How to avoid tilt after a bad beat

Red Aces and chips

I push all my chips into the pot with Aces preflop and another player calls with Ace King. “Great!” I think and I lean back to my chair waiting for the villain’s chips. It’s a respectful addition to my bankroll, given we are deep-stacked (200+ big blinds effective stacks) and it’s one of those rare soft games at high stakes tables (25/50 NL). I focus on the action of other tables as I’m multitabling and by the time the river is dealt, I’m prompted to reload. You guessed it, AK showed a straight on a Q38JT board beating my Aces and I just lost a 20K+ dollar pot! This is how I avoided going on tilt.

  • Poker angry faceWhen playing at many tables simultaneously, there is no time to cry over any loss. In a matter of minutes another crucial decision needs to be made that can seriously affect the hourly winrate. Multitabling actually is a two-edged sword: it can protect you from tilt, but it can cost you dearly if you do tilt! If you are prone to tilt, you should think twice before multitabling. Fortunately in my case the never-ending action provided me with new challenges that made me forget the bad beat.
  • I was properly bankrolled; or to some extend at least. Proper money management will not jeopardize your future in poker. When you lose a pot, even when you are all-in, it’s just a buy-in. If you planned carefully your poker career, your bankroll should have at least 50 buy-ins of the level you are playing at. Now, when it comes to deep stack poker the situation changes a bit, as you can lose two or even more buy-ins in a single hand, like in the above scenario. However, most of the times playing at levels that are well into your bankroll’s limits will steer you away from tilting. You still have 49 buy-ins to try and get that money back!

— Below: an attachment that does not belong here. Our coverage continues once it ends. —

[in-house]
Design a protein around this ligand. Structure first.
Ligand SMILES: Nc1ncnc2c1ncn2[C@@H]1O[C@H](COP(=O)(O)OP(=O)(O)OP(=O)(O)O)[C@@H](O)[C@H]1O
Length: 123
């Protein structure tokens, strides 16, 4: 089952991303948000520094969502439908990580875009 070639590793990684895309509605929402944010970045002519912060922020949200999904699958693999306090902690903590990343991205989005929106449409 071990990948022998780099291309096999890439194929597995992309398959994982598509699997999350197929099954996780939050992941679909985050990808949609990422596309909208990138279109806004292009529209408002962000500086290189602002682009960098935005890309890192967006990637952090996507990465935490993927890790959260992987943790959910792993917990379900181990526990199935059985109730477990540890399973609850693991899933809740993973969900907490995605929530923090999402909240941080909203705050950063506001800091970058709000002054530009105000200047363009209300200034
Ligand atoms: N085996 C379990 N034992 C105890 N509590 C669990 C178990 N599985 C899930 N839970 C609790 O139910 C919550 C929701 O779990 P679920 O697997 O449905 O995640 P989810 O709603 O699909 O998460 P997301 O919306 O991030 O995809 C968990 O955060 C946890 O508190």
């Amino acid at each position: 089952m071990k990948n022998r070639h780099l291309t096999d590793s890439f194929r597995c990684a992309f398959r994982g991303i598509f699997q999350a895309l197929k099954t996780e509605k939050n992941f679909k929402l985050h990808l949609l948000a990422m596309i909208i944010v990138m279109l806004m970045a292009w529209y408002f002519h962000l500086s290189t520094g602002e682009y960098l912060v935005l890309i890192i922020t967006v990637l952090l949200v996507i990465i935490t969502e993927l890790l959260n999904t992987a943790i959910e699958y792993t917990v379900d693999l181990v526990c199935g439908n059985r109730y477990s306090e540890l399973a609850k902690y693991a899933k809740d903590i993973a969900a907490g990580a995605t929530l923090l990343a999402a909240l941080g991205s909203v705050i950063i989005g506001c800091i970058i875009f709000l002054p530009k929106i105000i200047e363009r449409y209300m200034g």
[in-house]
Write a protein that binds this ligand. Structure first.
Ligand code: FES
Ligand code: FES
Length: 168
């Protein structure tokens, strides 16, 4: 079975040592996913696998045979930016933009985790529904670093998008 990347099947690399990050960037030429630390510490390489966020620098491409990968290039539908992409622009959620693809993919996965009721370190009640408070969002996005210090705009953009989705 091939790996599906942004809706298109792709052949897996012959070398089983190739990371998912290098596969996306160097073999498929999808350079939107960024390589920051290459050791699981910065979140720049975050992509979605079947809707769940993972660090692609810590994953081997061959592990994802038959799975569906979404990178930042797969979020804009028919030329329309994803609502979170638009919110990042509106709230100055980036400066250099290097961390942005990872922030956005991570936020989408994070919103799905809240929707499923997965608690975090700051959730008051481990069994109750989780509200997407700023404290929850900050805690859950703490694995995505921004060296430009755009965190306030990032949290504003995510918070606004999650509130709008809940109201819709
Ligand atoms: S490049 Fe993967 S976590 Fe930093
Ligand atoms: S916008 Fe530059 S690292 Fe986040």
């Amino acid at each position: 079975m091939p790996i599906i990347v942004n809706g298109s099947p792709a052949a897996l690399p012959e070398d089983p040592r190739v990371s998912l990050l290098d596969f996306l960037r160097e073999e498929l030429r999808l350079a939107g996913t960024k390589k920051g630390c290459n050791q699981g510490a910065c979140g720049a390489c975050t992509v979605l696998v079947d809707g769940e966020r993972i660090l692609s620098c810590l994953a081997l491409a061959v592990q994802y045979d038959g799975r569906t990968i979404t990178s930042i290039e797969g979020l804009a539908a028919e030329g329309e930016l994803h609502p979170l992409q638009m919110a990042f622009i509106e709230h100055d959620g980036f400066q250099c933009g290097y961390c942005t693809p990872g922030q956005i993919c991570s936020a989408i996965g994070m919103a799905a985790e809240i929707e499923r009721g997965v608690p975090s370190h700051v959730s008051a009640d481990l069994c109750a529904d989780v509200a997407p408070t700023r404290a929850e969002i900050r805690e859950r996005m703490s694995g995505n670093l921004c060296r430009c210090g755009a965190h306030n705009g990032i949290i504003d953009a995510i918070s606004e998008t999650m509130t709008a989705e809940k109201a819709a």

• I didn’t try to take my money back! Strange huh? Well, villain was in fact a regular good player, who decided to go to war against me on that particular hand. Trying to outplay them when I knew I didn’t have the necessary skills would make even more damage to my bankroll. So I continued targeting other players whom would be easier to take money from and recoup the loss. I suggest you do the same if a good player is after you.
  • I had experienced a lot of bad beats in the previous hundreds of thousands of hands I had played online, so that bad beat was no surprise. Experience takes time but in the end it makes you tougher against the most unpredictable events! When playing your first hands in poker, it’s tough to accept the fact that you will lose money even if you are ahead 98%! That one outer the villain needs to hit on river will eventually come sooner or later. No matter how well you’ve prepared yourself for that, you are in for a big surprise! Try to control your tilt and I am sure you’ll do better in the future.